Microsoft Teams and remote working

Version 1.0, 19 January 2023

This guidance is part of the Working in a digitally transformed NHS section of the Good practice guidelines for GP electronic patient records.

The arrival of the Coronavirus pandemic in early 2020 brought unprecedented and accelerated changes to the way in which the NHS embraced technology to deliver its services.  It also impacted NHS staff, for example:

  • changing the way many people work
  • unlocking new opportunities
  • reinforcing the importance of looking after our own health and wellbeing
  • allowing individuals to engage more with their role

In May 2020, NHS Digital reported almost half a million messages were sent around the NHS using Microsoft (MS) Teams.

The NHS developed a clear aim to become a more flexible employer in line with other sectors, offering more flexible working solutions for staff to help to retain existing people and attract more people to work with us. The NHS People Plan, published in July 2020, clearly identified that to survive and prosper, the NHS must commit to offering more flexible, varied, roles and more opportunities for flexible working.

The impact of the Covid-19 pandemic on primary care resulted in the wider use of digital technology to increase the use of remote appointments for patients.  It also encouraged more patient use of remote health services such as the NHS App, NHS login, online consultations and e-prescription services, and enabled remote working for primary care staff.

An integral element of the remote working solution was to provide all staff who have an account with access to Microsoft Teams.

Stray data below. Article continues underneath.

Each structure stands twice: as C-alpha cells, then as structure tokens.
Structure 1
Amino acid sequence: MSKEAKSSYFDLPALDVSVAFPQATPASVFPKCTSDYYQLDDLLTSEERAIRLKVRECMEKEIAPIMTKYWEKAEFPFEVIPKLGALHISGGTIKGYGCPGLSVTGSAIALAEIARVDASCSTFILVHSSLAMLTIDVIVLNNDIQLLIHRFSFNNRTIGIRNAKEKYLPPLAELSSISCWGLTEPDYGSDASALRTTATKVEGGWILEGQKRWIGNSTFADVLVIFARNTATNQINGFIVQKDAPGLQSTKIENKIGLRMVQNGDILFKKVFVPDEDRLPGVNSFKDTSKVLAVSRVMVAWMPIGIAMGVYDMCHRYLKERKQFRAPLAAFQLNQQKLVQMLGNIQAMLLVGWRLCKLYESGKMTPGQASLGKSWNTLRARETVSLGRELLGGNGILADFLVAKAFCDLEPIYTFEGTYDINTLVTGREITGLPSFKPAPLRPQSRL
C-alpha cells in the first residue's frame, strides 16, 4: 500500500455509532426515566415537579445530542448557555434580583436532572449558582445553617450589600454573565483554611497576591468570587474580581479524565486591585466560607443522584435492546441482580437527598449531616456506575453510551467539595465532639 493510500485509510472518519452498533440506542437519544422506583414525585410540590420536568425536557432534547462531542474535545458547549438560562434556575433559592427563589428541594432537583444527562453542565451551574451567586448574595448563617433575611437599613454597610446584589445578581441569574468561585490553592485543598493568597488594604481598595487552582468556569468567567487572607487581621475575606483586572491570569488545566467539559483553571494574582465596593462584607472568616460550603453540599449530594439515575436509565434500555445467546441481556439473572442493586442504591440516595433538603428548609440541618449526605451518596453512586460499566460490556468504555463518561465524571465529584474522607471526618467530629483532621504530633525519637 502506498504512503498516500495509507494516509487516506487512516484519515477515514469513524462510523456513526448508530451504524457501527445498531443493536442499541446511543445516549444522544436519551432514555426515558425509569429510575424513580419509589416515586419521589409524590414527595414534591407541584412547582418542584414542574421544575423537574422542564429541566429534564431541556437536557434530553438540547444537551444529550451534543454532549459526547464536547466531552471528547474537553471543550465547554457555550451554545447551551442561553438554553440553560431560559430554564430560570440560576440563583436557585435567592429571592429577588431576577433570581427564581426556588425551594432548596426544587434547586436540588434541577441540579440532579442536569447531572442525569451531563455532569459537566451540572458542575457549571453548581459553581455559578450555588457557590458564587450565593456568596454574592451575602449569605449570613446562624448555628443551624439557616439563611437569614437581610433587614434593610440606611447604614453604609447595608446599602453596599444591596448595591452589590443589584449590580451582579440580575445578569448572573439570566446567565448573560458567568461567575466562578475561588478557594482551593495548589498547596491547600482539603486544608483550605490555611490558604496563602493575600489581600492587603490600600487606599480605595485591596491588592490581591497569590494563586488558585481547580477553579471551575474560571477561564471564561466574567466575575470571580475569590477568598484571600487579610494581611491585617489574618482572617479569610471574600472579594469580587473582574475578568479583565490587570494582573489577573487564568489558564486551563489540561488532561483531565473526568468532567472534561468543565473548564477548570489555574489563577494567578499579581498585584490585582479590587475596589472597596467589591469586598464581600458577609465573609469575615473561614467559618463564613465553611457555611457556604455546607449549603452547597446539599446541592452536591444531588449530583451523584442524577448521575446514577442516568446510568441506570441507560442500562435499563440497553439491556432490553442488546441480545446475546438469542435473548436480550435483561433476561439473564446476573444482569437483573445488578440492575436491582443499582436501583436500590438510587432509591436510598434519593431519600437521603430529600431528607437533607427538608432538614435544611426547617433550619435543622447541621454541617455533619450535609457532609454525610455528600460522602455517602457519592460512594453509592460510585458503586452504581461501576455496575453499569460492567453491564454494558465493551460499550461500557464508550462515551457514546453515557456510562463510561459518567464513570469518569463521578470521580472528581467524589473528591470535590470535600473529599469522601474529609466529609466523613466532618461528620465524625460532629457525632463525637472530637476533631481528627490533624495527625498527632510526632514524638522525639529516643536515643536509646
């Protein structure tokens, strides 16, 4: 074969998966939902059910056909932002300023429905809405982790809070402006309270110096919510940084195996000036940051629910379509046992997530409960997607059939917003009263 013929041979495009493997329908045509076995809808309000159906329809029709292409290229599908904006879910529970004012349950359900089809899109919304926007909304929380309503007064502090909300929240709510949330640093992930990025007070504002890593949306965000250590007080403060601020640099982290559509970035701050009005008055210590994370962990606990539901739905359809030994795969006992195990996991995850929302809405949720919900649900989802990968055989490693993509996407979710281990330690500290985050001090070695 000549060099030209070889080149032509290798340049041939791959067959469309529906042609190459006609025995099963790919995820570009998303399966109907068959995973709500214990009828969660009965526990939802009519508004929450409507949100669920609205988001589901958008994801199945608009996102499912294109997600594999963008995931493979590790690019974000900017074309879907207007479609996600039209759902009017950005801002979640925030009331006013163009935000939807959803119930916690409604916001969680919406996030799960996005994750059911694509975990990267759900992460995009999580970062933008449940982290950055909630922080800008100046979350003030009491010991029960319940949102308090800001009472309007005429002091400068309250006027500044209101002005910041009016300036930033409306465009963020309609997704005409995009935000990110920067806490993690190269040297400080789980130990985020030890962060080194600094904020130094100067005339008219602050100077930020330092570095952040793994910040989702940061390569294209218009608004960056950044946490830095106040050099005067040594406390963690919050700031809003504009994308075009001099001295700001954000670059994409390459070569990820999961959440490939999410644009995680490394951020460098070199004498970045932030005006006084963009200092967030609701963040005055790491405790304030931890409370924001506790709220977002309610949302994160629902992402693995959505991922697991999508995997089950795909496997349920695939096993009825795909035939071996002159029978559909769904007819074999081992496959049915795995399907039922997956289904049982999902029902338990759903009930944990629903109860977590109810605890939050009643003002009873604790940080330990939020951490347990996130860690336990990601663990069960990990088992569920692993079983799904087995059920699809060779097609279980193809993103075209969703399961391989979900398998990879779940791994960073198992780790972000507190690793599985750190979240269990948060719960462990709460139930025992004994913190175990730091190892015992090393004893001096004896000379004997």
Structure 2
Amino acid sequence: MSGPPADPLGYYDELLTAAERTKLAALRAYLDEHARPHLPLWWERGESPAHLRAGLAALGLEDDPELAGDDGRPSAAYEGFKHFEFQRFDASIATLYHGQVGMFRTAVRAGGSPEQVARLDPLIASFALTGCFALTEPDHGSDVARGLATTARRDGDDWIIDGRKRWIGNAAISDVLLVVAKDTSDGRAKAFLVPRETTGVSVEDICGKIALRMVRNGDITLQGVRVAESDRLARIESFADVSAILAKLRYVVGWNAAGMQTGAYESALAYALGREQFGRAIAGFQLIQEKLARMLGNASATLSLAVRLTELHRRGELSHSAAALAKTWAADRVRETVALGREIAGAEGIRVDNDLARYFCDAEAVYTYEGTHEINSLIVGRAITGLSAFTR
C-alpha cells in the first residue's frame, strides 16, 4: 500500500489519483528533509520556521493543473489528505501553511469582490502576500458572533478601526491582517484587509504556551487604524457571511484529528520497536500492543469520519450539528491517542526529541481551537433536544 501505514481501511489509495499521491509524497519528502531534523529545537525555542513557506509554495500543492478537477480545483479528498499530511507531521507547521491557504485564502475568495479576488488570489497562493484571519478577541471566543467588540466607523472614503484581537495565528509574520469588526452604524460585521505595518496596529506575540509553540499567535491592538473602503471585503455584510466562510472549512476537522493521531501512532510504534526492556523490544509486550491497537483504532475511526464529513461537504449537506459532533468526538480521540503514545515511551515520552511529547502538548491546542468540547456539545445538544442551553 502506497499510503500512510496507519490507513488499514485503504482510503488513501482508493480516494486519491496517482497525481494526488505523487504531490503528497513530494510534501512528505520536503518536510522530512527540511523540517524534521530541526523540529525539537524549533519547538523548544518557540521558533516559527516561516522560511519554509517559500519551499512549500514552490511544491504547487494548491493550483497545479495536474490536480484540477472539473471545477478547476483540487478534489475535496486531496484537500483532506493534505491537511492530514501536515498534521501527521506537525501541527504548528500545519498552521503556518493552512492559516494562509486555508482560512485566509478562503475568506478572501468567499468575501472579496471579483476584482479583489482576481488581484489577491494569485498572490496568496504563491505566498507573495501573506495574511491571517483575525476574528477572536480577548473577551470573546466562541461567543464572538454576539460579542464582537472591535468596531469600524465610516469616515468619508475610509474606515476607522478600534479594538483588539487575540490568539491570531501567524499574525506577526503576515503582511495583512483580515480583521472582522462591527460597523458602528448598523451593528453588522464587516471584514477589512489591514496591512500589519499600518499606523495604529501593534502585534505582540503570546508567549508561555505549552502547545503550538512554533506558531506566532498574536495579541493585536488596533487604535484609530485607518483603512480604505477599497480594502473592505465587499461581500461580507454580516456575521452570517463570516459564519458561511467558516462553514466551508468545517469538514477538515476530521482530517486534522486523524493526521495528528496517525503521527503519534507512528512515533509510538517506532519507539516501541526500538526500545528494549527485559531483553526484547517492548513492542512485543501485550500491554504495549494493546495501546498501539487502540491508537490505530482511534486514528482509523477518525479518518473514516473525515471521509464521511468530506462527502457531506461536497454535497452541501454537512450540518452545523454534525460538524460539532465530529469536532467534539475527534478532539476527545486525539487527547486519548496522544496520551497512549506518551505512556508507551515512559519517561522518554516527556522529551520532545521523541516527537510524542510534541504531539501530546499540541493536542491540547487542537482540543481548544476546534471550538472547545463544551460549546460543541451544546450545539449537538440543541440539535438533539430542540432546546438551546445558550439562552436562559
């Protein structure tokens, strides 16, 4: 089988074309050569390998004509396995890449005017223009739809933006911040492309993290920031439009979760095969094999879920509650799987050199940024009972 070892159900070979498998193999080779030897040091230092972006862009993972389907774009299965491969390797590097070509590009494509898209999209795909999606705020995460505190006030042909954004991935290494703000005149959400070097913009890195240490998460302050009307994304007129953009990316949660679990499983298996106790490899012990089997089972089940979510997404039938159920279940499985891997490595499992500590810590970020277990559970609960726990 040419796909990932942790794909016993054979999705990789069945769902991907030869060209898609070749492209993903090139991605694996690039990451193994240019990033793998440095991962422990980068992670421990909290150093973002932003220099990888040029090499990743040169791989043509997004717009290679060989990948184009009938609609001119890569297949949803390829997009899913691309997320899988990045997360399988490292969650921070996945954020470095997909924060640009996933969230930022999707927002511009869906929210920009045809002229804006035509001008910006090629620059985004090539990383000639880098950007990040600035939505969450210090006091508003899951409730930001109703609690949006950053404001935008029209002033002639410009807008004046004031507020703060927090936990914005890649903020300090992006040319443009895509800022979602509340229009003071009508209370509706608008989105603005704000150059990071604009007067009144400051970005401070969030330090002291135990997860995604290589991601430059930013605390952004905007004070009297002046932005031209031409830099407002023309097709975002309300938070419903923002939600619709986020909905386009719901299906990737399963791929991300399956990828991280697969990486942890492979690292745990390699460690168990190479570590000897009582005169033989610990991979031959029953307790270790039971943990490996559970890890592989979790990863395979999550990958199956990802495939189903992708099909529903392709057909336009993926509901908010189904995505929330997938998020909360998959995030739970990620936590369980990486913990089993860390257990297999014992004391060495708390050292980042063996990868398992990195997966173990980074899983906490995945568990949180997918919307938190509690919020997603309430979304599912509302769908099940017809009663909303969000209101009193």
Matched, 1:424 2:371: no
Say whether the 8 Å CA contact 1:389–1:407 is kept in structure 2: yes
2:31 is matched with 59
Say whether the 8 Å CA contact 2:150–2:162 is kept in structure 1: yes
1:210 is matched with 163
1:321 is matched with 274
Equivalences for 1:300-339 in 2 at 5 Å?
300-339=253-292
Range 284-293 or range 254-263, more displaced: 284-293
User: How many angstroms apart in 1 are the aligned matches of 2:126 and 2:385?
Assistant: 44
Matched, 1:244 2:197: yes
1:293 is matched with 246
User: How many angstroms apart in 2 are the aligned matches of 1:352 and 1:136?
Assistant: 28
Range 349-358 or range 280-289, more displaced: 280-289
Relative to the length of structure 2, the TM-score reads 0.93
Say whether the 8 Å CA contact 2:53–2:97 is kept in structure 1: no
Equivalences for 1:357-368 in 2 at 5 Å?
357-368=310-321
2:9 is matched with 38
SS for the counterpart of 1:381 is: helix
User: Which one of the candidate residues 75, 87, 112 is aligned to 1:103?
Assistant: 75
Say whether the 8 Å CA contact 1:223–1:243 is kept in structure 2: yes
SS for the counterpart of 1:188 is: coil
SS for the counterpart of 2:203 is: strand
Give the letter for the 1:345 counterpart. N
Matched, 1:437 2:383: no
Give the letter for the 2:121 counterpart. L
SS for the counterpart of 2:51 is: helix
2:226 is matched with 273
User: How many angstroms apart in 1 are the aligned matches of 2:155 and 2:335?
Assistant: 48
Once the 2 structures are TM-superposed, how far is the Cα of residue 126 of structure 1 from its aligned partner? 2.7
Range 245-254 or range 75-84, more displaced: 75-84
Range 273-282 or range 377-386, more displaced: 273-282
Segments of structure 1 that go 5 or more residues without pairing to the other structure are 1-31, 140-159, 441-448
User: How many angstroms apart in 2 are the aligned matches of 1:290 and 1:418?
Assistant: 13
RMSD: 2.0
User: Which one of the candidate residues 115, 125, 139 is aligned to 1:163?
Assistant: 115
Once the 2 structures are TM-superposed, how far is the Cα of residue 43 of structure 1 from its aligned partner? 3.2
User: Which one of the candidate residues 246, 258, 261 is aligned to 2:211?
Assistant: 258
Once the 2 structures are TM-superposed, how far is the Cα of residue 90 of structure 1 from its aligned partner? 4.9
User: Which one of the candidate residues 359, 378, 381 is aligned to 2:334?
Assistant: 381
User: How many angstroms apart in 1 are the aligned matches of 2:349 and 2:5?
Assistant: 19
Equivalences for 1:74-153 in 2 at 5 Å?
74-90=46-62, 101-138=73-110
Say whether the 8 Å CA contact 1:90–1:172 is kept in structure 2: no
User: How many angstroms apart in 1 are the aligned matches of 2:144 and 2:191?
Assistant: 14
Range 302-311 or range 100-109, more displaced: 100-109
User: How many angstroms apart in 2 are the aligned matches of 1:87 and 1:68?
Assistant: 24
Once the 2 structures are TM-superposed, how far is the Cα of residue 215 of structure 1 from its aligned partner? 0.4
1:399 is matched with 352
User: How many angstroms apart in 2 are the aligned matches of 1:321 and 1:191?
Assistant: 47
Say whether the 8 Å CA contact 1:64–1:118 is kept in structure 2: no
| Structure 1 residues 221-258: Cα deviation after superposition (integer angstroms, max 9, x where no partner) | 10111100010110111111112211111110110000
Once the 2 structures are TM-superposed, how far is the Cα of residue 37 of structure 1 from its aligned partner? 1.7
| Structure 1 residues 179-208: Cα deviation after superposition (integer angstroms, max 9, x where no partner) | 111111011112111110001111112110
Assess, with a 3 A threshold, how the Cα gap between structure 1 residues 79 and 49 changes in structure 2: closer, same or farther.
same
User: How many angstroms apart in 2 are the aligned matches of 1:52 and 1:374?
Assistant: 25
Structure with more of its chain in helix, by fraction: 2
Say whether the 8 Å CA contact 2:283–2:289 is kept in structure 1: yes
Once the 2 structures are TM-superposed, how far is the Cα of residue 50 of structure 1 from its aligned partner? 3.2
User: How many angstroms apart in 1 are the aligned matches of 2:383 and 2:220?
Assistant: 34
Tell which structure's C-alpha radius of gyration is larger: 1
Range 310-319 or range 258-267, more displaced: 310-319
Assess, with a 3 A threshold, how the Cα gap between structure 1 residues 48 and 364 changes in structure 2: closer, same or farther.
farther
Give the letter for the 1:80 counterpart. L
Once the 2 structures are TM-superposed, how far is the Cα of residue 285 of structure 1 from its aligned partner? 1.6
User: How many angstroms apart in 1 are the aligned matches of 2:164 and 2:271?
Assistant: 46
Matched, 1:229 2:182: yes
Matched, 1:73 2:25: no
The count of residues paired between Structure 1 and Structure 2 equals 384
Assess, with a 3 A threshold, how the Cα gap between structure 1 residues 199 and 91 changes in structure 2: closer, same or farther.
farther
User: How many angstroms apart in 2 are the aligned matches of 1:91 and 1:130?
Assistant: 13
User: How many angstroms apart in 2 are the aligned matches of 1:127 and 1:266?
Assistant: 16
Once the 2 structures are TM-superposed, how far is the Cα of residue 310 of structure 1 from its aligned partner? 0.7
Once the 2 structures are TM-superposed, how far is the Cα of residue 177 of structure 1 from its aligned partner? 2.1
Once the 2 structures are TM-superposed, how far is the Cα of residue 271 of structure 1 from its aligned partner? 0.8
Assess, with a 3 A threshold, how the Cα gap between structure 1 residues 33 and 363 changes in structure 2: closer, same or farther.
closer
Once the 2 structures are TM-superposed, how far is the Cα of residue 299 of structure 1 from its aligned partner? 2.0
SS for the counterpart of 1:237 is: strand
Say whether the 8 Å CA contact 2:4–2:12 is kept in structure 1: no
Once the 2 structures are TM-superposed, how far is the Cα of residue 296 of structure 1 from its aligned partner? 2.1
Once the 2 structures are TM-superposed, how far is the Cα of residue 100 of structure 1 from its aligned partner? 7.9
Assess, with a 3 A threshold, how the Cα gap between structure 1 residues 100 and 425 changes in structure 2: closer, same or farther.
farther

What is Microsoft (MS) Teams?

MS Teams is a secure communications platform which can be protected and monitored within the NHS secure boundary when accessed via secure NHS networks. 

It is a collaboration tool, providing the technology for people to work together remotely and share information easily.

It is a virtual hub for teamwork which allows people to chat, call, and work together on shared files, sharing information with everyone across different locations.  It can support on-site, remote, and mobile working, allowing NHS staff to continue to deliver care and advice.

With MS Teams you can:

  • invite NHSmail and non-NHSmail users to meetings
  • start calls and send messages on the go
  • organise meetings with up to 250 attendees
  • collaborate with multi-disciplinary teams and organise your work into different channels for more structured collaborations
  • organise, host, and record live events, which can be useful for training sessions and virtual conferences with a large audience (up to 10,000 attendees)

Benefits of MS Teams

MS Teams has a wide range of benefits for staff and for employing organisations, including:

  • it is a free and efficient tool for NHS staff, to support remote working
  • increased efficiency, for example, less time travelling to attend meetings
  • online meetings can be scheduled ahead of time or to start instantly
  • allows the set up and use of chat rooms to divide work between multiple groups
  • supports virtual meetings with high quality audio and video
  • provides an option to chat to colleagues via messages or to send voice notes, and share files before during and after meetings
  • chat messages and shared files are available so they can be referred to at any time
  • provides the ability to allow captioning of messages during the meeting which can be particularly useful for people with a hearing impairment
  • includes a Notes function to allow meeting notes to be recorded and accessed either during the meeting or later
  • offers a ‘record the meeting’ function so that the session can be accessed again later by attendees or those who were not able to attend but have been shared the link by the host
  • provides support for multi-professional collaboration
  • free secure cloud storage ensures information is always available across various devices allowing people to work together in real time or in their own time
  • sensitive information is protected with data encryption at rest and in transit
  • reduces staff isolation when working remotely or as part of a widely dispersed team
  • it is easy to use, with online help and support

Top tips for getting started

  1. Sign-in using your account.